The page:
Full Speed Ahead

No mat­ter your ex­pe­ri­ence or run­ning goals, interval work­outs should be part of your rou­tine

Runner's World (UK) - - IN THIS ISSUE -

Pick up the pace for any goal

RUN FAST for a short dis­tance, slow down for a bit to re­cover. Do it all again. Interval train­ing boils down to this sim­ple for­mula – and of­fers run­ners a route to con­tin­u­ous im­prove­ment.

‘Interval train­ing is go­ing to in­crease your level of fit­ness faster than pretty much any other type of run­ning,’ says run­ning coach Jeff Gaudette. Giv­ing your­self a breather be­tween seg­ments of fast run­ning al­lows you to han­dle more of it, de­liv­er­ing a greater stim­u­lus to your heart, lungs and mus­cles.

And de­spite fast run­ning’s rep­u­ta­tion for caus­ing in­juries, half marathon­ers who in­cor­po­rated in­ter­vals into their train­ing were less likely to get hurt than those who didn’t, ac­cord­ing to a re­cent study. Though this may have some­thing to do with mileage and ex­pe­ri­ence level – ad­vanced run­ners tend to both do more in­ter­vals and have a lower in­jury risk – there’s also ev­i­dence that run­ning form may im­prove at quicker paces, says Gaudette. Pro­vided that you be­gin with a fit­ness base and al­low am­ple time be­tween hard work­outs for re­cov­ery, ‘short, hard bursts can teach your body a more ef­fi­cient way to run, which ideally tran­si­tions into the rest of your train­ing’, says Gaudette.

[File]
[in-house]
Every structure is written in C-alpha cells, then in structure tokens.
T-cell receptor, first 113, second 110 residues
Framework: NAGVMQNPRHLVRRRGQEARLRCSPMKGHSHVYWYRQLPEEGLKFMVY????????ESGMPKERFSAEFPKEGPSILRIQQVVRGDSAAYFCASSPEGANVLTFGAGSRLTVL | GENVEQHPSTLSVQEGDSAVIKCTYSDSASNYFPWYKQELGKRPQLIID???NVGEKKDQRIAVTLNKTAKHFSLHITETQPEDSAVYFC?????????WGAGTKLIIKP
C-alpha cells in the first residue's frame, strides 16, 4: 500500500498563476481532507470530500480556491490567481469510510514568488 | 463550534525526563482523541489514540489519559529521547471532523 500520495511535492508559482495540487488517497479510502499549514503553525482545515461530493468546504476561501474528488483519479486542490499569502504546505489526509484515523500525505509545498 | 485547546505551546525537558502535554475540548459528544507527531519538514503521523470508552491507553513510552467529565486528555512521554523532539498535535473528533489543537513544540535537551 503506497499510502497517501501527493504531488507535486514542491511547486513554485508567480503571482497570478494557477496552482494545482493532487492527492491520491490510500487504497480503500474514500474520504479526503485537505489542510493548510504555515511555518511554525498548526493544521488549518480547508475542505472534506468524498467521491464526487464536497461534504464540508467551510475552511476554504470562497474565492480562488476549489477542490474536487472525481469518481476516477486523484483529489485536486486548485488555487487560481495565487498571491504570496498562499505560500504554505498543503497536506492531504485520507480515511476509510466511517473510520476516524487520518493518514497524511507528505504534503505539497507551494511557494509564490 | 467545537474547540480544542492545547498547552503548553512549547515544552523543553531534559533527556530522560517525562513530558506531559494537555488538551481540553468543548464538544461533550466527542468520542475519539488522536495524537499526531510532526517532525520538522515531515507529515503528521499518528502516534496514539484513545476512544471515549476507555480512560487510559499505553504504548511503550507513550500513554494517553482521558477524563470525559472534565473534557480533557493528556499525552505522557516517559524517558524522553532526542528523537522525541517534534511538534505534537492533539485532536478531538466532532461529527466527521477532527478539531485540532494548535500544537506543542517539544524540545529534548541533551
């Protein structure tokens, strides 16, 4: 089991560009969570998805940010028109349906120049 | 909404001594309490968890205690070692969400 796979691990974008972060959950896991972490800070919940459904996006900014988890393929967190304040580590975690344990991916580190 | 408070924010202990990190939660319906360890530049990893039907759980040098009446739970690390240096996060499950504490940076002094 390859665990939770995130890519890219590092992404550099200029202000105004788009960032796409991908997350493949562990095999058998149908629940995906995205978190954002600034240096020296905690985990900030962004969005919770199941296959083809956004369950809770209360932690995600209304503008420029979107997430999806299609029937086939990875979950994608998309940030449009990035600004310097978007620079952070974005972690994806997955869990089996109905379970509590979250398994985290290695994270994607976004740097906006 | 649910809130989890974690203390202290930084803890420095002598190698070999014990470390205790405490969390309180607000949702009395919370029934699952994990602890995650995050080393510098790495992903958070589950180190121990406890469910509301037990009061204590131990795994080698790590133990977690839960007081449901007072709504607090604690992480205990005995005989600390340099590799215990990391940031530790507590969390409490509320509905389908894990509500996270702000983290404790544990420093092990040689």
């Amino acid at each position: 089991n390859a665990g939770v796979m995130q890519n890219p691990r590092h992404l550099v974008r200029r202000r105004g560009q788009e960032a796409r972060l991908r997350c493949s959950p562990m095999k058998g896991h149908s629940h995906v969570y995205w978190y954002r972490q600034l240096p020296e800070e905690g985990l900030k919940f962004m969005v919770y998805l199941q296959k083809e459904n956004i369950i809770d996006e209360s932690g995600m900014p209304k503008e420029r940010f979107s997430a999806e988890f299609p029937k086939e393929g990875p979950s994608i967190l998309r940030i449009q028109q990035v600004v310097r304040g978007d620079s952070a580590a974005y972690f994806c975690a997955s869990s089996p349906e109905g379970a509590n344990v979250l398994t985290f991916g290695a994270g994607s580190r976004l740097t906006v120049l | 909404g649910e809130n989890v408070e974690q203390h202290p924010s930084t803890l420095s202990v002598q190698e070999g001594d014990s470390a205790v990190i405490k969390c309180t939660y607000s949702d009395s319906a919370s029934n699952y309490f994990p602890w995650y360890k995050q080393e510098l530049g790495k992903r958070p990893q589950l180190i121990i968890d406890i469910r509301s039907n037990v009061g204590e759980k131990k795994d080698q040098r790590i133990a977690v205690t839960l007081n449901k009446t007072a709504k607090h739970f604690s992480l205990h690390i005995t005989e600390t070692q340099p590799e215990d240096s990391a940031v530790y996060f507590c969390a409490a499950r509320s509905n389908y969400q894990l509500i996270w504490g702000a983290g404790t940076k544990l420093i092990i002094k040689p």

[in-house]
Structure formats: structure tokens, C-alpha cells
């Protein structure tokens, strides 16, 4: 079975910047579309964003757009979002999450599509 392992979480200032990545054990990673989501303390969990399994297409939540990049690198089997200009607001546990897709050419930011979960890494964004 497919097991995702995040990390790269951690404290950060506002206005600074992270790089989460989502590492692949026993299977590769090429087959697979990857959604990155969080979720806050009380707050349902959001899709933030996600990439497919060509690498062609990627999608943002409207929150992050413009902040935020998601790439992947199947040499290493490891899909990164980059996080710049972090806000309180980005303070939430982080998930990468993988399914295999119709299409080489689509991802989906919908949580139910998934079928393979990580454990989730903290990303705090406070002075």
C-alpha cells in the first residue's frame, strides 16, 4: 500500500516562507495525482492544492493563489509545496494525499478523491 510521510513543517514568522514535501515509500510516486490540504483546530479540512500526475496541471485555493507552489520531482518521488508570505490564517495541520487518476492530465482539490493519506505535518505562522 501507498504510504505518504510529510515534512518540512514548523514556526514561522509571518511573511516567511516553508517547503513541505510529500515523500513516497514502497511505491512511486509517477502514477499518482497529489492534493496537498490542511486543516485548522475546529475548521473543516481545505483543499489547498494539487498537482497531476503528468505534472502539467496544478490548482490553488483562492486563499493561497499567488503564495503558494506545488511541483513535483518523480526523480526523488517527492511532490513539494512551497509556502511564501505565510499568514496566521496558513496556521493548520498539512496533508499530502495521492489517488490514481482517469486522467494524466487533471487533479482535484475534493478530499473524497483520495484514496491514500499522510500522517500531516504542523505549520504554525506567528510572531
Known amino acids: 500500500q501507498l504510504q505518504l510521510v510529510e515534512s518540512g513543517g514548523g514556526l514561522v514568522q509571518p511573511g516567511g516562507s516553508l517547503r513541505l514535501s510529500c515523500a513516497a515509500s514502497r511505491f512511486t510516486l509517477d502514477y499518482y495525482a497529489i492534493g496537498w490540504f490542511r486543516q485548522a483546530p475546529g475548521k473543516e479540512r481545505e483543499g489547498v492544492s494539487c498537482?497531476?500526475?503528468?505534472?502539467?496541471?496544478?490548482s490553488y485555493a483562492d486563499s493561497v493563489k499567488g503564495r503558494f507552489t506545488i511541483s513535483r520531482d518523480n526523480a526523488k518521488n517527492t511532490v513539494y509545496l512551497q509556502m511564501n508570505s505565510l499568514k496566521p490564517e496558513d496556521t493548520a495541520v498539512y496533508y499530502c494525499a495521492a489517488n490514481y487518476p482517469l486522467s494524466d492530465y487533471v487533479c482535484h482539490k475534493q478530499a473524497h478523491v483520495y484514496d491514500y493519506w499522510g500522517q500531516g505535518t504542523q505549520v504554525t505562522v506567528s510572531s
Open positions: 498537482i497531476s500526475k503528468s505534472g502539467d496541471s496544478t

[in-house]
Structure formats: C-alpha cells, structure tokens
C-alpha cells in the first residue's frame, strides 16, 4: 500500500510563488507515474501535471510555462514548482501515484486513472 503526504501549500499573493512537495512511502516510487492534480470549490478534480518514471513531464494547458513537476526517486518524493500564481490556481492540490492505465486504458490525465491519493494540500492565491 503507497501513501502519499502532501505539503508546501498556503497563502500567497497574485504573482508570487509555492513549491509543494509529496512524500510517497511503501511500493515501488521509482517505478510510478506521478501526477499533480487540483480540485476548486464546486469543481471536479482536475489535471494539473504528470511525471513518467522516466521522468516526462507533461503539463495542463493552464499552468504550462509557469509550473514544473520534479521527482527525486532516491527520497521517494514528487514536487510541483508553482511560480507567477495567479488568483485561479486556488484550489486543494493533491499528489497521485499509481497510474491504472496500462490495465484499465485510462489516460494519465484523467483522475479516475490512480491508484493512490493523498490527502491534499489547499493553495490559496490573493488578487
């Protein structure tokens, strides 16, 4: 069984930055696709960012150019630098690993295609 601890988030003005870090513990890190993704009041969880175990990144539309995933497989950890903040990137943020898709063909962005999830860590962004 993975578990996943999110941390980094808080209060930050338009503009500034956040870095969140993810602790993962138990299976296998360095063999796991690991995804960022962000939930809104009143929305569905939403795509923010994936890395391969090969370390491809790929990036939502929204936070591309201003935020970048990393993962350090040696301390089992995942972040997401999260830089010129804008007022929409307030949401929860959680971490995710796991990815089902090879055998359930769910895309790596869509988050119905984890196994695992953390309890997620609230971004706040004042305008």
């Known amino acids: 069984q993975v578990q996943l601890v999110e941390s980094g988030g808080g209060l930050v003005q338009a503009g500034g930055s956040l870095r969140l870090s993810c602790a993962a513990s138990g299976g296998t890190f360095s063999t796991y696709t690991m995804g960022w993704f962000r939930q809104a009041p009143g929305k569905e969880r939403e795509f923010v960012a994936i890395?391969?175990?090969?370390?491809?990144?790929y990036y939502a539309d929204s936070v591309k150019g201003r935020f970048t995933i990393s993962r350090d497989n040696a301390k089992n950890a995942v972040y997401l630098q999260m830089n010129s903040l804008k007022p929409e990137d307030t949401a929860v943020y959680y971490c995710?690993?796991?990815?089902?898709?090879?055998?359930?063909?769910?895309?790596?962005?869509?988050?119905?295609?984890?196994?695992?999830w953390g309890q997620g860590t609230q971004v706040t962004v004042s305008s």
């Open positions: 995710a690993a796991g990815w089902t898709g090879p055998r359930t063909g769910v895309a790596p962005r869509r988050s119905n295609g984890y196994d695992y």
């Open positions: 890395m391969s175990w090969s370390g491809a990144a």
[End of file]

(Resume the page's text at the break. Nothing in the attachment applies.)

Tweak the reps and rest and you can create an in­fi­nite num­ber of work­outs, each with its own ben­e­fits. Whether you’re tar­get­ing a half or full marathon, your first (or fastest) 5K, or just the abil­ity to run stronger or longer this au­tumn, here are the interval ses­sions that can get you there.

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